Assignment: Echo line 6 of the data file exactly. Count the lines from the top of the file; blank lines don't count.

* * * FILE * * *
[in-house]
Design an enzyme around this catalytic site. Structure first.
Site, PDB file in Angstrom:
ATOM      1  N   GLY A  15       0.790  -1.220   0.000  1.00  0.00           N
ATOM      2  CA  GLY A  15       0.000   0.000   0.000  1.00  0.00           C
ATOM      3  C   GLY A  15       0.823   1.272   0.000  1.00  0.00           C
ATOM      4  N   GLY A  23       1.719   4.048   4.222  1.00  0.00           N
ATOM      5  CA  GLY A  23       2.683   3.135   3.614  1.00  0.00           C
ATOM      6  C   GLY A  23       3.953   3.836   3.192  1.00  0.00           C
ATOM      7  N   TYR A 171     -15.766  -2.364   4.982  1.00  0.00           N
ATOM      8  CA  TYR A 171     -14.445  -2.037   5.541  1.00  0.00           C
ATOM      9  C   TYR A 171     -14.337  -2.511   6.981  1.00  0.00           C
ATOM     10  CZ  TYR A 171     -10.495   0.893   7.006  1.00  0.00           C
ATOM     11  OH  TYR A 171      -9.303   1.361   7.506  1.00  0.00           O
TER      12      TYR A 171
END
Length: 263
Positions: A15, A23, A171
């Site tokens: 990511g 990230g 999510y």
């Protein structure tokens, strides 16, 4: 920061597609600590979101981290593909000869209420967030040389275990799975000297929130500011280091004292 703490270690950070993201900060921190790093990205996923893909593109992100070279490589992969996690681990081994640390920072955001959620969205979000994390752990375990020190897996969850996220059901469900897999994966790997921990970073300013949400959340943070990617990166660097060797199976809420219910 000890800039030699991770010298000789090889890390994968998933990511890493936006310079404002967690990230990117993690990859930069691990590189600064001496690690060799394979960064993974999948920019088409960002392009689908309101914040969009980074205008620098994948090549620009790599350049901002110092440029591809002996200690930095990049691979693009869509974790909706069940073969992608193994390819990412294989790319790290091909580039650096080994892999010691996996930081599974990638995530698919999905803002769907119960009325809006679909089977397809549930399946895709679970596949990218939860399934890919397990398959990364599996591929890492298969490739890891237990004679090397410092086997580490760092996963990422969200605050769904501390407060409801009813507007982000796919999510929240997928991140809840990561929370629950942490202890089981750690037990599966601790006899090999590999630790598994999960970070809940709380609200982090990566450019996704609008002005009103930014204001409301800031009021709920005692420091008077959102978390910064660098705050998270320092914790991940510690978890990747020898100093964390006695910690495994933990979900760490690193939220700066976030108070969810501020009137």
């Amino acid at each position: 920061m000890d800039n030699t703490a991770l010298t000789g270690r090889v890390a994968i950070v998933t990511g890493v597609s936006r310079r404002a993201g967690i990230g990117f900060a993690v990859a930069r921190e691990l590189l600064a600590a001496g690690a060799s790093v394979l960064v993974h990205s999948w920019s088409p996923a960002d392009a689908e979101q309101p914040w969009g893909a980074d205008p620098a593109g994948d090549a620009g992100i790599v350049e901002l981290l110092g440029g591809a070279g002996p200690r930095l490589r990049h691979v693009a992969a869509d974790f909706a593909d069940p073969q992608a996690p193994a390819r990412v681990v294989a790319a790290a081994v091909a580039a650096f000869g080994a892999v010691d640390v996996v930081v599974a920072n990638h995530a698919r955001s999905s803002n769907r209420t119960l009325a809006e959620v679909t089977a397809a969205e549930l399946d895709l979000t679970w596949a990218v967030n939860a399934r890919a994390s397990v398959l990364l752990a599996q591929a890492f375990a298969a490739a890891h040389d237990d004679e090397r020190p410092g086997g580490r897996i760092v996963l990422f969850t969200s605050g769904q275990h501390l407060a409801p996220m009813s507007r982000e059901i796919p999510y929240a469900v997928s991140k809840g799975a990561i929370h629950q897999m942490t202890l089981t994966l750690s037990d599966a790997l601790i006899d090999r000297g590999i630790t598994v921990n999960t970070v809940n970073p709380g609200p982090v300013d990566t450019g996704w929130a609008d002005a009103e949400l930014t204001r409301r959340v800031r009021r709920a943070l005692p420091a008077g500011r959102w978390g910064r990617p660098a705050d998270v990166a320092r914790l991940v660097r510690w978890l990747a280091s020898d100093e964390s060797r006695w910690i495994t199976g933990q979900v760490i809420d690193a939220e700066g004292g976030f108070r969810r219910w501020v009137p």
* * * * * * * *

ATOM      3  C   GLY A  15       0.823   1.272   0.000  1.00  0.00           C